The following is a press release from the Massachusetts Attorney General’s office submitted to SOURCE.
BOSTON – Massachusetts Atorney General Maura Healey today, March 19 joined a coalition of 27 states, counties, and cities in demanding the U.S. Environmental Protection Agency (EPA) withdraw its proposal to weaken current limits on greenhouse gas pollution from new, modified, and reconstructed coal-fired power plants.
In comments filed with EPA Monday, the coalition argues that EPA’s illegal proposal would severely impact the health of their residents and the environment by allowing new coal-fired power plants to pollute the air and exacerbate climate change.
A new coal-fired plant likely could meet the proposed weakened standard, even if it did not use any carbon dioxide emissions controls at all.
“This plan is yet another attempt by the Trump Administration to enrich the coal industry by poisoning our air and our climate,” Healey said. “We should not be weakening common-sense pollution limits on dirty and costly power plants at a time when we urgently need to transition to clean energy resources.”
EPA adopted greenhouse gas emission standards for new coal-fired plants, known as the New Source Performance Standards, in 2015, after a comprehensive examination of systems available to reduce carbon dioxide emissions from new coal-fired plants.
The agency determined that partial carbon capture and storage—removing some carbon dioxide from the plant’s smokestack and storing it permanently underground—is the best system.
The agency’s new proposal seeks to reverse the agency’s previous finding, and its proposal would fail to require controls on par with partial carbon and storage in favor of a weaker standard.
According to the coalition’s comments, the proposal fails to address the urgent threat of climate change, which is already harming states across the country, including Massachusetts. Since the current standards took effect in 2015, the earth has experienced the warmest year on record.
The federal government’s own analysis of the impacts of climate change on the country warns of the urgent need for further emission reductions to avoid substantial damage to the economy, environment, and human health over the coming decades.
Failing to further reduce U.S. emissions risks thousands of American lives and hundreds of billions of dollars, more than the current gross domestic product of many U.S. states.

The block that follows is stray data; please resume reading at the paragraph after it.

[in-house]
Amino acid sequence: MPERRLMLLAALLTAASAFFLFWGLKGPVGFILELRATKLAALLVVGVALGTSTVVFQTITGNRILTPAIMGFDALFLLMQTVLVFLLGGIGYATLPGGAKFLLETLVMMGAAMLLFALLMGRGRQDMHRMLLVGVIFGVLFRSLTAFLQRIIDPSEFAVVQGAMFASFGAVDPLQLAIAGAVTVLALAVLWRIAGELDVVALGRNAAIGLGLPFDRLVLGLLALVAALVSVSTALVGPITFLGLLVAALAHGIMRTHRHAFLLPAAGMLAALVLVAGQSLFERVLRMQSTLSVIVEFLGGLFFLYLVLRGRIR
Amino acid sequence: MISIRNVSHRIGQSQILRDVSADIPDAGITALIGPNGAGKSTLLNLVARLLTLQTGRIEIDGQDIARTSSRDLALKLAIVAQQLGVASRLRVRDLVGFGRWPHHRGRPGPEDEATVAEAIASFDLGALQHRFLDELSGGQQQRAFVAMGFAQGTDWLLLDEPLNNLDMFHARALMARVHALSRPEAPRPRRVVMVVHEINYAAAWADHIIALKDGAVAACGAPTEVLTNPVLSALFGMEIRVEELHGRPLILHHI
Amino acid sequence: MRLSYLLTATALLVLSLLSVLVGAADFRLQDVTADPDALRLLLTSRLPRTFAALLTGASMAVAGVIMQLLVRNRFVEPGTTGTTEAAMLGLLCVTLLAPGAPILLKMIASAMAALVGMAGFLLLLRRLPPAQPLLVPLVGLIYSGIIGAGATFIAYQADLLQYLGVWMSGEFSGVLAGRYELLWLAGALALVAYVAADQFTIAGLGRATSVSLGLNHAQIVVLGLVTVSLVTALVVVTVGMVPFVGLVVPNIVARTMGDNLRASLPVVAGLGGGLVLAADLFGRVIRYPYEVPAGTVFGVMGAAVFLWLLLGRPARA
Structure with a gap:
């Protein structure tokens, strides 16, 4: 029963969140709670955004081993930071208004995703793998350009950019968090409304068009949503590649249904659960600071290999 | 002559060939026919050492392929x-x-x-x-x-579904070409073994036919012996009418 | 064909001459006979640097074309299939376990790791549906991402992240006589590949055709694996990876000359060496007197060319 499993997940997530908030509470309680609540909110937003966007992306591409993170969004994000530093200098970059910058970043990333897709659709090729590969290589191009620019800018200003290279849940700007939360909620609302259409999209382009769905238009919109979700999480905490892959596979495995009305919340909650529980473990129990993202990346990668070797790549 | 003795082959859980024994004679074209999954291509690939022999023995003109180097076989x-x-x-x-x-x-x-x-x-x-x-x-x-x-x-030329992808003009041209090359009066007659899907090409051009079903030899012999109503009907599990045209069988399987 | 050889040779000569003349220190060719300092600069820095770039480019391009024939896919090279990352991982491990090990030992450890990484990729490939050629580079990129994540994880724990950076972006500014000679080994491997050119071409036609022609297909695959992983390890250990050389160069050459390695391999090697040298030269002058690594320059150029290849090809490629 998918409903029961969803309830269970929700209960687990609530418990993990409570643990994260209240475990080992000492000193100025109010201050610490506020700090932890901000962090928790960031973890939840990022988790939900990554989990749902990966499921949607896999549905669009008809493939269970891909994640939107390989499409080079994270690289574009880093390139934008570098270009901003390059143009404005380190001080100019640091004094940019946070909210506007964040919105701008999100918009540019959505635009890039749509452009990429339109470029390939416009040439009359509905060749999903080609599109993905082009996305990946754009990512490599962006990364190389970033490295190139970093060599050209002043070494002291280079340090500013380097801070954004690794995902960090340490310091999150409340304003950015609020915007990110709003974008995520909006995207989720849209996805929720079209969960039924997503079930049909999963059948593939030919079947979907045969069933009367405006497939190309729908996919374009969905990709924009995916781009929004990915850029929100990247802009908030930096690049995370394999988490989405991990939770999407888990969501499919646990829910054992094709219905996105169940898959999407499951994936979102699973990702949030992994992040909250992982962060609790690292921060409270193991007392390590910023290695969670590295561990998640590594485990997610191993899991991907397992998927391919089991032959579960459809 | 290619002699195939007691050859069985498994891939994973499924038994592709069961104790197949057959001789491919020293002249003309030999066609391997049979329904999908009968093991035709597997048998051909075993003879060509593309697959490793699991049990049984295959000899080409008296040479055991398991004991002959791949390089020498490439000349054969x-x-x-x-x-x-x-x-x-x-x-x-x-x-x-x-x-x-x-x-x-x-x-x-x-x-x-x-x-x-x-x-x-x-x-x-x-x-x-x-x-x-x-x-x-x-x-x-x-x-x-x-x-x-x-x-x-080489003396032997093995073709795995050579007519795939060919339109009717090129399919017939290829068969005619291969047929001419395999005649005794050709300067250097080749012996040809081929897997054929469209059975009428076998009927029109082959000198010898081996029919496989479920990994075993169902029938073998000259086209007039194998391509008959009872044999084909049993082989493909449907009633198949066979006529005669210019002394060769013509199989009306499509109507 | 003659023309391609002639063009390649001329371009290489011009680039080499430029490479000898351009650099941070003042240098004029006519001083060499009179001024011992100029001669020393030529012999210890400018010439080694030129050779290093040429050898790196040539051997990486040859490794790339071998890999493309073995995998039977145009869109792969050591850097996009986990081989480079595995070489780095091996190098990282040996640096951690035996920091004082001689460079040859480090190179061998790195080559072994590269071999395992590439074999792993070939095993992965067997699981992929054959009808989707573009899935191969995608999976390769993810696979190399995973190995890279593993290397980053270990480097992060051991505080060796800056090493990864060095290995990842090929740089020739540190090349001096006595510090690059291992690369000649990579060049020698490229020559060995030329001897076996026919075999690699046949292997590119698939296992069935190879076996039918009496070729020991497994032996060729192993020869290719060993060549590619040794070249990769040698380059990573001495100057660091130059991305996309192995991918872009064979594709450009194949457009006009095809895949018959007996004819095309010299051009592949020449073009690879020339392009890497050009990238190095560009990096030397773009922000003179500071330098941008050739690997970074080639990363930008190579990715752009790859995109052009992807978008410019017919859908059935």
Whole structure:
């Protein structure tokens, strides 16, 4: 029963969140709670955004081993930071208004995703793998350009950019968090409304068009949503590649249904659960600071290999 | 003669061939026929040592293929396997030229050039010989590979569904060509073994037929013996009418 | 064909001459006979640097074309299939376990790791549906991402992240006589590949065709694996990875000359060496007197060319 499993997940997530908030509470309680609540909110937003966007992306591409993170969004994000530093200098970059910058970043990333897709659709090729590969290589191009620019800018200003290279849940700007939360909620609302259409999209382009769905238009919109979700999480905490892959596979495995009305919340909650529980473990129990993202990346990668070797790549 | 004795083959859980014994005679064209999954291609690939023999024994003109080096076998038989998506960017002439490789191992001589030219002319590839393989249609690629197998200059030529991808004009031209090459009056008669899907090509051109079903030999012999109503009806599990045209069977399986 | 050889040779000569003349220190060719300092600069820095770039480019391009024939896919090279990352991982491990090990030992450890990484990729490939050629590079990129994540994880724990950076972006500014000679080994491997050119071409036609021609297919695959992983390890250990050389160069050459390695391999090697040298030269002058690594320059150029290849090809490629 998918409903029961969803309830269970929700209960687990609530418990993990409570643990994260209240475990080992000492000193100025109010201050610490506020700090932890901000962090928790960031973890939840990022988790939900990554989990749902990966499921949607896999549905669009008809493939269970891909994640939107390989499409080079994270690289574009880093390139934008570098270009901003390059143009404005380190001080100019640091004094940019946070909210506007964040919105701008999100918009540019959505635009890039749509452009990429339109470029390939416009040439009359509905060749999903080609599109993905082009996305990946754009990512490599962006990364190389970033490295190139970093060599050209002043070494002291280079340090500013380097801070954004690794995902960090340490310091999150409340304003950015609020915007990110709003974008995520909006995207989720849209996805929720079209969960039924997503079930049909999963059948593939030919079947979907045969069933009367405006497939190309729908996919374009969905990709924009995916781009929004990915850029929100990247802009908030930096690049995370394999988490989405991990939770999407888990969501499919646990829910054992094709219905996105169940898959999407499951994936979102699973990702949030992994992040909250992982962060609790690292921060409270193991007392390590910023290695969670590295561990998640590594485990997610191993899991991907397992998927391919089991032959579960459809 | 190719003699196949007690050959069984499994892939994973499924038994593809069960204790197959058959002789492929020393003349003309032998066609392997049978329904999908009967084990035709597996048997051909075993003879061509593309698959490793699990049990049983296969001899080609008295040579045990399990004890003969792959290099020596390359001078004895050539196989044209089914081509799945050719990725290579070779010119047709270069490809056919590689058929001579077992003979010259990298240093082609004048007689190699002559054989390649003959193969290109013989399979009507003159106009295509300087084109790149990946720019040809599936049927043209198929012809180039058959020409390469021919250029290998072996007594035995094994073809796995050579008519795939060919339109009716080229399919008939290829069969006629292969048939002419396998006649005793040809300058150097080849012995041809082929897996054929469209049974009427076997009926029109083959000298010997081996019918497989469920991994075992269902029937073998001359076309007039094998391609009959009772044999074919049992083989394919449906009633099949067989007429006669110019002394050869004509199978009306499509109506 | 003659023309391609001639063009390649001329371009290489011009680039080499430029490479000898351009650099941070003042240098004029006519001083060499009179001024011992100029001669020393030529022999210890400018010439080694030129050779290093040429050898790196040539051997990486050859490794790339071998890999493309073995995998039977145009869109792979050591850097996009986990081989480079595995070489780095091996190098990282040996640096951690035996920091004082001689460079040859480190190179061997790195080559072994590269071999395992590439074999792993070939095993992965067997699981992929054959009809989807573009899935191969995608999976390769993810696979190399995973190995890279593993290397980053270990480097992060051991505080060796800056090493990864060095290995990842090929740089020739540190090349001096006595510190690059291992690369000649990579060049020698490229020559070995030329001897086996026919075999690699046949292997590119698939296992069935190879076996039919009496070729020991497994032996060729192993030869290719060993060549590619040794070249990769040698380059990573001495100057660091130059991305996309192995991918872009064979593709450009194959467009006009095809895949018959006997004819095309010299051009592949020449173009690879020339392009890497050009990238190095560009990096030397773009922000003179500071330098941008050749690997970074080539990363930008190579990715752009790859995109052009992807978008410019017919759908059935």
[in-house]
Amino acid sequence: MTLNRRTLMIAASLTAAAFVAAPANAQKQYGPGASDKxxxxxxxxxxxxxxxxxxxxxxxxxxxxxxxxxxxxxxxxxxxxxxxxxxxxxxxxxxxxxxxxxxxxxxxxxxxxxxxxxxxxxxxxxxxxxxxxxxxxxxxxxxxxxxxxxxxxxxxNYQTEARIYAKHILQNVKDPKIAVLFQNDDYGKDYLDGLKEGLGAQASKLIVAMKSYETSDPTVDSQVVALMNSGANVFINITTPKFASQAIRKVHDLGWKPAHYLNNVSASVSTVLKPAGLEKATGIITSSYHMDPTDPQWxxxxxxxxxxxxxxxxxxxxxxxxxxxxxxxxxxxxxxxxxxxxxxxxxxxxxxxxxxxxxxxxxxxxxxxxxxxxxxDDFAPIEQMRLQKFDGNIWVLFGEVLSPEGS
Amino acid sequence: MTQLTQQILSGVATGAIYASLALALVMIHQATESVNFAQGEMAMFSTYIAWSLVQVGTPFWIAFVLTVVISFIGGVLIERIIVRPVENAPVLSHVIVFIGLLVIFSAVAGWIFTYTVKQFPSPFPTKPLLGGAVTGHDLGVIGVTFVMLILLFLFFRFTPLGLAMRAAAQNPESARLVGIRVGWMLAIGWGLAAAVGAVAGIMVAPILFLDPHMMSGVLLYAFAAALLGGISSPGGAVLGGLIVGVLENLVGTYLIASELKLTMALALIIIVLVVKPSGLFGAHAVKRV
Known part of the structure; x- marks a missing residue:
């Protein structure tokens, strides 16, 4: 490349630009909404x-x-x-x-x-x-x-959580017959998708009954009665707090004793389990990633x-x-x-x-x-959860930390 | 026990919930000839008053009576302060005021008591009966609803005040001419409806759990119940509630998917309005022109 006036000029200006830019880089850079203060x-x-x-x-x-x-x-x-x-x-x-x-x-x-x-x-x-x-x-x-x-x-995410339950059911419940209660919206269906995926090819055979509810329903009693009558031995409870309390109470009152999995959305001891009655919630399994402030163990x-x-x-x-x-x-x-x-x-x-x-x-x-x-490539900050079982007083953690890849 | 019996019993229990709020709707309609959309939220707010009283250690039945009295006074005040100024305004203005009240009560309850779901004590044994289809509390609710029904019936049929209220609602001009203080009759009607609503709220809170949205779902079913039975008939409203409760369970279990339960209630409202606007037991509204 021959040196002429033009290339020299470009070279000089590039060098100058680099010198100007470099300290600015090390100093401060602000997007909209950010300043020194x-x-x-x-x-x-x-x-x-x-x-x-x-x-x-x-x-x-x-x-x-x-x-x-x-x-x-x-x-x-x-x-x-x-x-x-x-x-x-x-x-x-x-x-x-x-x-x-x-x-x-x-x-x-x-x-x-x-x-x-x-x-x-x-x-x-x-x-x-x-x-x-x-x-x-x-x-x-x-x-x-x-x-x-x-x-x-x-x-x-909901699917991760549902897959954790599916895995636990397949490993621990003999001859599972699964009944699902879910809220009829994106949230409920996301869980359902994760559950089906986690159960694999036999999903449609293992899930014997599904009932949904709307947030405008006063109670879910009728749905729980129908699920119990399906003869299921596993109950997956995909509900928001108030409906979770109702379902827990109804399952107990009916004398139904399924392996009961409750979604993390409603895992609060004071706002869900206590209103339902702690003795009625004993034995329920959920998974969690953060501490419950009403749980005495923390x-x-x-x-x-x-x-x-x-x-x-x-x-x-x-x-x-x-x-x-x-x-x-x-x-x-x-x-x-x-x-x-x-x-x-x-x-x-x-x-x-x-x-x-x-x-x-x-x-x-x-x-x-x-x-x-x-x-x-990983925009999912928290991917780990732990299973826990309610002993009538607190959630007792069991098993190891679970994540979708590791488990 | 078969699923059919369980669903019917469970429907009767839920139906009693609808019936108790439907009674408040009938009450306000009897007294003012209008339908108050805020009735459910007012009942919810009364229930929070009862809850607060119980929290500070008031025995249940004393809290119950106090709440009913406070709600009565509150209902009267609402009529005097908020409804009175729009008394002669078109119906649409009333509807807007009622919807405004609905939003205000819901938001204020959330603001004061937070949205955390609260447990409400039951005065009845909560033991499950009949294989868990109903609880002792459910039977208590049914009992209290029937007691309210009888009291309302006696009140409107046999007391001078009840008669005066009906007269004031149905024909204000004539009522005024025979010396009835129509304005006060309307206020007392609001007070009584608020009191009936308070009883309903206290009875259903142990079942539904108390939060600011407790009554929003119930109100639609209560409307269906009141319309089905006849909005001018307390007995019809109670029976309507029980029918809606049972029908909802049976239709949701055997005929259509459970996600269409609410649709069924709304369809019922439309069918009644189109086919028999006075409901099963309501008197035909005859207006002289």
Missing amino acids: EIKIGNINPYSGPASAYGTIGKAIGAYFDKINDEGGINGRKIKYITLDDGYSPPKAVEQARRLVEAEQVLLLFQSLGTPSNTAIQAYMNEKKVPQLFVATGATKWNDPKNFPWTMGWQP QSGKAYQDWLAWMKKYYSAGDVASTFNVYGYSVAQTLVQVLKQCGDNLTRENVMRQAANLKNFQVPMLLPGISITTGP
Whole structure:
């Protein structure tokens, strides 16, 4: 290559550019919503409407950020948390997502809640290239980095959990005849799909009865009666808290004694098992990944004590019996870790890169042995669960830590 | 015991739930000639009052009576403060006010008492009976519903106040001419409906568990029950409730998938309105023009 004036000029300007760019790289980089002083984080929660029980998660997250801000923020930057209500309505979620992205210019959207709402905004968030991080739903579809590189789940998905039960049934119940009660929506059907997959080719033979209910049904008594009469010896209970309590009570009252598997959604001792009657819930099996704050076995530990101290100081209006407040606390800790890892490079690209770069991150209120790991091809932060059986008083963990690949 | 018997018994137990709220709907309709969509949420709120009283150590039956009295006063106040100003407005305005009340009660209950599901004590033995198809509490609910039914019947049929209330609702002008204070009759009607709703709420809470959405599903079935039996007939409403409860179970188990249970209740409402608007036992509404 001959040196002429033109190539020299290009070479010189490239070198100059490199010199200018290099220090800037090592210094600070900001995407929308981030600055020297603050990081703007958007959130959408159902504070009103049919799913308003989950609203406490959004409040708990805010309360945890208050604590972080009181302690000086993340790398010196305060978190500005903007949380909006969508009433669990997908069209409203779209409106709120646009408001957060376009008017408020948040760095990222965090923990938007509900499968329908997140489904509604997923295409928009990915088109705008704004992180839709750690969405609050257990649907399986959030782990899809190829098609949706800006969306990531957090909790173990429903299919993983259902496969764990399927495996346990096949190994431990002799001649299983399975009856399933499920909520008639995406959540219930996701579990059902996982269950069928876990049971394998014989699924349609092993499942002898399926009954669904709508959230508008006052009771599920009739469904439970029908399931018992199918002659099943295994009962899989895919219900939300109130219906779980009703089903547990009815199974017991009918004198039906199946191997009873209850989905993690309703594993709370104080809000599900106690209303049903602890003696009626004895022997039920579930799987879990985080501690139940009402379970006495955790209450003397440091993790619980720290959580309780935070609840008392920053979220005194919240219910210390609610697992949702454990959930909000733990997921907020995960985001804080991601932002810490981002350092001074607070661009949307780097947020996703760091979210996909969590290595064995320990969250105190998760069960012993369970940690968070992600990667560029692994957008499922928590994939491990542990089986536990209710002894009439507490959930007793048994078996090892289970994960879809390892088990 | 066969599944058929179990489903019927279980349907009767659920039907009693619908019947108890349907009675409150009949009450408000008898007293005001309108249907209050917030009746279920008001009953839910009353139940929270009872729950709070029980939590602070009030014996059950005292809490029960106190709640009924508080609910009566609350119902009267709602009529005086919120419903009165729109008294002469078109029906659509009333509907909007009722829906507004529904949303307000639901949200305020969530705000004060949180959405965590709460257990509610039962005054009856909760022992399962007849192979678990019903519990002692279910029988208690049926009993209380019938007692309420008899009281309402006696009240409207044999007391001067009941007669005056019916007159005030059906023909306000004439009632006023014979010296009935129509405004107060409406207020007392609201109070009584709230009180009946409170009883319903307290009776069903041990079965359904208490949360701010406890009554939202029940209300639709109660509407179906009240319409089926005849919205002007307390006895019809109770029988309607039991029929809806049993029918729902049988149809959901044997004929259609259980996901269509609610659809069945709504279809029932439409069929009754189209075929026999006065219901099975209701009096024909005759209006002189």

In the letter, the coalition points out a number of other problems with EPA’s proposal, including that:
- The proposal is arbitrary and capricious and violates the Clean Air Act, as it fails to consider relevant evidence regarding proven systems to reduce power-plant pollution;
- EPA ignores the increased environmental harms that could result from weakening the emission standard;
- EPA fails to justify reversing its finding that carbon storage capacity is sufficiently available and accessible throughout the country; and
- the agency has not provided enough information to permit the public to comment meaningfully.
The existing New Source Performance Standards, along with the Clean Power Plan, a companion rule applicable to existing power plants, set limits on the amount of carbon pollution that power plants can emit. Those standards, finalized under the Obama Administration, are the culmination of a decade-long effort by EPA to partner with states and cities to require mandatory cuts in the emissions of climate-warming pollution from fossil fuel-burning power plants under the Clean Air Act.
In October 2018, AG Healey joined a coalition of 26 states, counties, and cities that submitted detailed comments to EPA urging it to abandon its illegal and dangerous proposal to replace the Clean Power Plan. The Administration’s proposal to repeal and replace the Clean Power Plan would allow dirty and aging coal-fired power plants to extend their lives by making upgrades without having to install pollution controls, and would result in up to 61 million more tons of carbon dioxide emissions. AG Healey is committed to fighting the repeal of the Plan in court.
Joining AG Healey in filing the comments are the attorneys general of California, Connecticut, Delaware, Illinois, Iowa, Maine, Maryland, Minnesota (by and through its Minnesota Pollution Control Agency), New Jersey, New Mexico, New York, North Carolina, Oregon, Pennsylvania, Rhode Island, Vermont, Virginia, Washington, and the District of Columbia; the Maryland Department of the Environment; the cities of Boulder, Chicago, Los Angeles, New York, Philadelphia, and South Miami; and Broward County, FL.